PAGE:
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Student House Hunting for Dummies

Published Sunday, 26 January, 2014 by Amy Murnan

If you haven’t already been bombarded with leaflets, free lollipops and invitations to join absurd promotional events, you are obviously lucky enough to live in a University with non-aggressive letting agencies nearby. For those of us who do, the mad rush to find a student house to live in for the next academic year could hardly have gone unnoticed. Hunting for housemates, signing contracts, paying deposits… the whole thing is all a bit bewildering.

But finding a house sooner rather than later is important if you value…well, anything. The last thing you want after being excited to move in with your friends is to find that the bathroom door doesn’t lock and the walls are paper thin. Or, worse still, there are no houses big enough for all of you, so one of you must go it alone.

If you know what you are doing, though, the whole process is relatively simple and can be over and done with quickly. Get your friends together, look around online and make a note of the letting agencies you trust (or find online testimonials). Arrange a viewing for the houses you like the look of, and keep these questions in mind:

  • How much is the deposit?

    Deposits are payments that secure the property so that nobody else can rent it. This means that you have to pay the full amount, which will vary drastically from place to place, up front and in full. Before committing to anything, make sure you know how much each person will need to pay.

  • How much are the agency fees?

    Some letting agencies don’t charge fees for the services they provide, but many do. Again, the cost of these can vary, so it is important you know how much they are in advance of signing anything and know you can afford to pay up.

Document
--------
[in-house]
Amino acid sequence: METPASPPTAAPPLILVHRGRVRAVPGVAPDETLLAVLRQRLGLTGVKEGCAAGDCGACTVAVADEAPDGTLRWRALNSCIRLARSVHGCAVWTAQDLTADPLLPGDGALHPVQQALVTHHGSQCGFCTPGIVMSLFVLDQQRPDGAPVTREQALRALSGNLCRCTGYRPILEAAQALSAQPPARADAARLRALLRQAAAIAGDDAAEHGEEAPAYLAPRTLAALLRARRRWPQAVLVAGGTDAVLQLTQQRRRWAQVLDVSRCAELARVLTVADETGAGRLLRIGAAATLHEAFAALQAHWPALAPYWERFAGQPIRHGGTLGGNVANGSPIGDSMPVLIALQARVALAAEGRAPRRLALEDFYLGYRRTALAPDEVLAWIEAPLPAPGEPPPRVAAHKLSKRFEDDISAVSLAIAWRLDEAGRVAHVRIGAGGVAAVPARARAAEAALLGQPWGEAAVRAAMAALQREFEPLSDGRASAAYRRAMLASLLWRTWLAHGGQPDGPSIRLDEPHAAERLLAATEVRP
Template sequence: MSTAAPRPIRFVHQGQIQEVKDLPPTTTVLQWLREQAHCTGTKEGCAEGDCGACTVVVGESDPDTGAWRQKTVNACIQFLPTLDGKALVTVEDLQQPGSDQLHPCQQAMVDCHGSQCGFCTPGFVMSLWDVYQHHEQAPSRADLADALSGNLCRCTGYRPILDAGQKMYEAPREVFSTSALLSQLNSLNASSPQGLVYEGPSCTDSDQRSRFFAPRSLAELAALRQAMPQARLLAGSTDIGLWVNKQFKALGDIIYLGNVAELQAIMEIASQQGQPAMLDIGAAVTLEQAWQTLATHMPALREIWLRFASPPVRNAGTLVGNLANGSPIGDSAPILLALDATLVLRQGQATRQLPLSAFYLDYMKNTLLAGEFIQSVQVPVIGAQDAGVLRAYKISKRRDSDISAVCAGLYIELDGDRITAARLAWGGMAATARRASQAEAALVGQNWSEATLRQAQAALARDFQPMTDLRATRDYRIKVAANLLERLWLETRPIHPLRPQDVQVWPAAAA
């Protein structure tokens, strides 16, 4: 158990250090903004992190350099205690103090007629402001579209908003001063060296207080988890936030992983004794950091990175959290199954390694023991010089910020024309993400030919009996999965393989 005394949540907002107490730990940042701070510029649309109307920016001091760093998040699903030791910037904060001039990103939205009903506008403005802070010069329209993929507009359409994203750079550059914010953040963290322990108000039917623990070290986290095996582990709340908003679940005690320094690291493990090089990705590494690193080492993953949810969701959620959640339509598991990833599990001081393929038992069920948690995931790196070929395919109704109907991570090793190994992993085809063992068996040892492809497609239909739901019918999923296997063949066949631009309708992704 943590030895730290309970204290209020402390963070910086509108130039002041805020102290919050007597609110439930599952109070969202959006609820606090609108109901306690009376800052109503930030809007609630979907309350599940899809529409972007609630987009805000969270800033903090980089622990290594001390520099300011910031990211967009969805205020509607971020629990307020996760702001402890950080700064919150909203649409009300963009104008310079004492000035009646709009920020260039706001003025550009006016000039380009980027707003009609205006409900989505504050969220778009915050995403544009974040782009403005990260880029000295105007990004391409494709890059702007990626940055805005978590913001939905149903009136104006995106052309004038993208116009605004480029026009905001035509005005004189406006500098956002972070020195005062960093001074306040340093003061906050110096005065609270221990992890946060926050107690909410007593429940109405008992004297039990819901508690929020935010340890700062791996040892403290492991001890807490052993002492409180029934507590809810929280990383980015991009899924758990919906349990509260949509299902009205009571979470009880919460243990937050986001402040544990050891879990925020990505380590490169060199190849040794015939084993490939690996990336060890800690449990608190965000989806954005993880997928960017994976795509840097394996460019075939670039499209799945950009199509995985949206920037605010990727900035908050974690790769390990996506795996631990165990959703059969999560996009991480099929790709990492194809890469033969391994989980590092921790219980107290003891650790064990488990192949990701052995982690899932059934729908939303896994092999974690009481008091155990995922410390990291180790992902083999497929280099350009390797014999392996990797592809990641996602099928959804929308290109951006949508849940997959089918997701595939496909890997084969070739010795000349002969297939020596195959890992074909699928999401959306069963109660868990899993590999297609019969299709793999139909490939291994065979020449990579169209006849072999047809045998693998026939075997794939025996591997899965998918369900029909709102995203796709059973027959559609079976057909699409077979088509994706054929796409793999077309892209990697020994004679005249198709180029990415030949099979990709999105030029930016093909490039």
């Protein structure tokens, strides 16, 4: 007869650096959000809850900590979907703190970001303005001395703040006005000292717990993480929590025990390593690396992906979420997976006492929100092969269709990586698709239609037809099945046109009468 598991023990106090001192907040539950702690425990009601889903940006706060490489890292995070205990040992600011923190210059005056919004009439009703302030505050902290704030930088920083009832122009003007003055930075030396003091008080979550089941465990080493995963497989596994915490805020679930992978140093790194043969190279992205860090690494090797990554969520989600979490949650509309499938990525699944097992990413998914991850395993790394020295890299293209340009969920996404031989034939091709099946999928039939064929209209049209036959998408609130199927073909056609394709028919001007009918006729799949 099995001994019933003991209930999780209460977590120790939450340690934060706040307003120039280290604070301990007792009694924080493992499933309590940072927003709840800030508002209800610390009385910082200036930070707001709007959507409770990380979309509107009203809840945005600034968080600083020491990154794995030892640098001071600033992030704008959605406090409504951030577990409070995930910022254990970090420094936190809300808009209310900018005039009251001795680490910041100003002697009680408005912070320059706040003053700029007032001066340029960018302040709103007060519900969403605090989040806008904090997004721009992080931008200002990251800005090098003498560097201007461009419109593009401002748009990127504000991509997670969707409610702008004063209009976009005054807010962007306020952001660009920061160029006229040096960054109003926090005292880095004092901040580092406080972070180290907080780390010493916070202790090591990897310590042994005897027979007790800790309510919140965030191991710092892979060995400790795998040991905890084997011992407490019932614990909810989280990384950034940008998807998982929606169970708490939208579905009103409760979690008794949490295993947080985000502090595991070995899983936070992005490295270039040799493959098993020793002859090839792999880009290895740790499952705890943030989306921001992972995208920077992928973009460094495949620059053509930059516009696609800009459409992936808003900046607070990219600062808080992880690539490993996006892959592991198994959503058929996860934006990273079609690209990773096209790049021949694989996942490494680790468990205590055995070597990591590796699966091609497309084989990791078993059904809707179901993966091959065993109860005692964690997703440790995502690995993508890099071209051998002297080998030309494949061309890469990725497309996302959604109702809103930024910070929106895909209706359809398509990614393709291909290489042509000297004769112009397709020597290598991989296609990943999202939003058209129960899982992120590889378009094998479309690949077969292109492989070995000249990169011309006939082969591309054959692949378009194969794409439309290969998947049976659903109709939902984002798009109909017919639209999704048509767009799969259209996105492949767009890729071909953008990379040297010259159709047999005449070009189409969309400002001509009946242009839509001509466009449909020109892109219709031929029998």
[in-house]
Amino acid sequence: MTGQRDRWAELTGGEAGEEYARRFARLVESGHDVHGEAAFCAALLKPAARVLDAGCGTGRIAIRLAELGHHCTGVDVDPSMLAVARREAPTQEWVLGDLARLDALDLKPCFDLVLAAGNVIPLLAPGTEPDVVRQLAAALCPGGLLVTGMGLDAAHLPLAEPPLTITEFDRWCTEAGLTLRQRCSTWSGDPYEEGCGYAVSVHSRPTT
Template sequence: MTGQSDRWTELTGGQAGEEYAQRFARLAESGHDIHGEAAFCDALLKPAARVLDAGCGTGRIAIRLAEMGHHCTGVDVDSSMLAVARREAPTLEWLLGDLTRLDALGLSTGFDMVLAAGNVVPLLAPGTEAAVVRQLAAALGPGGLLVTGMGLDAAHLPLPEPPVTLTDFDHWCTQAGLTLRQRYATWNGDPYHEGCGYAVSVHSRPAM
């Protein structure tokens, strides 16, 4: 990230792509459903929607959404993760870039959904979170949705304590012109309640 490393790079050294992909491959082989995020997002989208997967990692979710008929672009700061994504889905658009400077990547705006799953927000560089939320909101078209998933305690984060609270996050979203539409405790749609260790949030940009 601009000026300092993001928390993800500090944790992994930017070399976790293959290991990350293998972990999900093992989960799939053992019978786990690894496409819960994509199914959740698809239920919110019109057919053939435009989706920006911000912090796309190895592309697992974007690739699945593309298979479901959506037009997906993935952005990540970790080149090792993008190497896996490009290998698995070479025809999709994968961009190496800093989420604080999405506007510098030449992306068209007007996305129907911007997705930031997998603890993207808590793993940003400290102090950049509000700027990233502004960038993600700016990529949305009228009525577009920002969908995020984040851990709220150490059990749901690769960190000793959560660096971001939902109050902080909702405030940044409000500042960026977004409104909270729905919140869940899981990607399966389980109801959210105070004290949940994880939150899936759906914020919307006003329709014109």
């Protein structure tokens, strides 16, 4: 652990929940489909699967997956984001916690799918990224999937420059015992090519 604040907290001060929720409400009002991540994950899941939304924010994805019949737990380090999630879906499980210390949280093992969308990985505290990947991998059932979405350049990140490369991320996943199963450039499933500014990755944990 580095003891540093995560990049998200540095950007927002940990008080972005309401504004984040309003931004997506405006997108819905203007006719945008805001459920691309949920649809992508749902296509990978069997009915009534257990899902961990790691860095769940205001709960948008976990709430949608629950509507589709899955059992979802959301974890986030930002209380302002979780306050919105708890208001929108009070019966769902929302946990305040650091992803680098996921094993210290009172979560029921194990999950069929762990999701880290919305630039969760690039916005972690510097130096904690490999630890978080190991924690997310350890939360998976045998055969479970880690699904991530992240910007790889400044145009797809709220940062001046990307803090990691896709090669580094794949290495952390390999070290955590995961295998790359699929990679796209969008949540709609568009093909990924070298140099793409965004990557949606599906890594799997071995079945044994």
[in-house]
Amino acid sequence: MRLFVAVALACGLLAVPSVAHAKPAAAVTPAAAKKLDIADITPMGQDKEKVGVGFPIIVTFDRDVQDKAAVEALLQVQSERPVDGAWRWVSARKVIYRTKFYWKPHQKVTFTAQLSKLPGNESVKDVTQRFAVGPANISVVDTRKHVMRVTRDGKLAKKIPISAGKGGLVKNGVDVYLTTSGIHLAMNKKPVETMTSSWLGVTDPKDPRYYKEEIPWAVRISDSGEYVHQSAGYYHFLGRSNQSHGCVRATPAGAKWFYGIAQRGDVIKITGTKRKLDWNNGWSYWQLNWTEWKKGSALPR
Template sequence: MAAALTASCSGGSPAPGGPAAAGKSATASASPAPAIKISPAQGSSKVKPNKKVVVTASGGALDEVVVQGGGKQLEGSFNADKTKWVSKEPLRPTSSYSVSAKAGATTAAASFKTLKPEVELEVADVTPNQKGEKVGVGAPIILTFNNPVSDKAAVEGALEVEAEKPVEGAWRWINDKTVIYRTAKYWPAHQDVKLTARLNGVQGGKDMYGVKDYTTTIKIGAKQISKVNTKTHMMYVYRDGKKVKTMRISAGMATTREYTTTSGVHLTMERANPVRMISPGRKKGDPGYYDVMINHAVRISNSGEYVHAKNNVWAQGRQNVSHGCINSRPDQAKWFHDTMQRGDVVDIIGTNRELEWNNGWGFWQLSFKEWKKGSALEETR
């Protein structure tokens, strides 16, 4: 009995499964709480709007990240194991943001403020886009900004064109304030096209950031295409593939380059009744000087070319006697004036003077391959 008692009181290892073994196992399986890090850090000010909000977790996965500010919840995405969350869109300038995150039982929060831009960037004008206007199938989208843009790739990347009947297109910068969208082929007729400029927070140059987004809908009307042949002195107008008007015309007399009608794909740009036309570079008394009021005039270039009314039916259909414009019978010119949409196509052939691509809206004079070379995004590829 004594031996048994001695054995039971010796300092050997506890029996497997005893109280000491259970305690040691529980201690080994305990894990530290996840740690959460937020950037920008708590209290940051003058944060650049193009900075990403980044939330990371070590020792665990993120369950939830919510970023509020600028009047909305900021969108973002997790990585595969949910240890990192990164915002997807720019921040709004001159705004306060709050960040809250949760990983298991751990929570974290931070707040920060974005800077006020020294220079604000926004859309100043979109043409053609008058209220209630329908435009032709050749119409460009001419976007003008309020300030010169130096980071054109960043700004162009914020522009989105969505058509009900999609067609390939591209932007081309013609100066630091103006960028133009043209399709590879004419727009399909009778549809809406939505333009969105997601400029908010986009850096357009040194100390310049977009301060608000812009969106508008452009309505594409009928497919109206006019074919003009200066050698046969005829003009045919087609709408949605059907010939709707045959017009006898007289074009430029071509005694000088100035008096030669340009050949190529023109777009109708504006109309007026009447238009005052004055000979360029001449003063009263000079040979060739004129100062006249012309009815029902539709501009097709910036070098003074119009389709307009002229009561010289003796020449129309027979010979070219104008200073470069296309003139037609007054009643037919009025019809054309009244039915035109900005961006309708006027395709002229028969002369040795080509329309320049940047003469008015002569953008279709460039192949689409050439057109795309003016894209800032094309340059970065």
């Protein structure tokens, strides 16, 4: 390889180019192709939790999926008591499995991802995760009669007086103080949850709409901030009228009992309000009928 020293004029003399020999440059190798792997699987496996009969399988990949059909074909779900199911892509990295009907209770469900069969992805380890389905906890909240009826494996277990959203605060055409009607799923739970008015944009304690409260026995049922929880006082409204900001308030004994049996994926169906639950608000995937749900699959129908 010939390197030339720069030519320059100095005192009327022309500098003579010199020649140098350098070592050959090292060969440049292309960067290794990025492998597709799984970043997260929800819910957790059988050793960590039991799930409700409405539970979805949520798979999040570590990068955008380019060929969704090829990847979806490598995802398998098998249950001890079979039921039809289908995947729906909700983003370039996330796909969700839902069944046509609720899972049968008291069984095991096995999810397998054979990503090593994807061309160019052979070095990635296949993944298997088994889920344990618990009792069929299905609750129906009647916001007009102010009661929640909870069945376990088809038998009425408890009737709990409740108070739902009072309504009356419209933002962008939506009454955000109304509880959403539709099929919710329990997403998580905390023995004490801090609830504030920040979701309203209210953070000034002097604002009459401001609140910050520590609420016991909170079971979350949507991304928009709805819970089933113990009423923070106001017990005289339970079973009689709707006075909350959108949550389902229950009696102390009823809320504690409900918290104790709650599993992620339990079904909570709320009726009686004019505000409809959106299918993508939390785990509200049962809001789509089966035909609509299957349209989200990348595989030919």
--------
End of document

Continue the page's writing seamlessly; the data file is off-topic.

• What can we afford?

    It might be awkward asking your friends whether they have enough money to pay the rent, but if you’re living together it is in your interest to know. If it turns out that they can’t afford the house you went for, they won’t be able to pay the bills – and somebody has to. So, before you end up falling out over it, just double check everyone knows exactly what their budget is.

  • Is the building safe and secure?

    It may not be as interesting to think about as having house parties, but a flimsy front door or rippling wallpaper could end up having an impact on your health and safety. Keep a look out for these signs of mould and damp and scrutinise the doors, windows, locks and any alarms fitted in the property.

  • Will bills bleed us dry if we live here?

    Most people don’t know the answer to this question before it is too late, but looking around at a few simple features in your house might give you an indication of how easy it will be to heat and power your house. Double glazing, carpets, curtains, well-sealed doors and windows all make it easier to keep that precious heat inside and save you money. Ask your agency or landlords what the building’s energy rating is if you want to go the whole hog. Boring as it sounds, the type of boiler in your house and the way you will be paying your bills are also very important – meters, for example, are cheapest when you are being mindful of the energy or water you are using.

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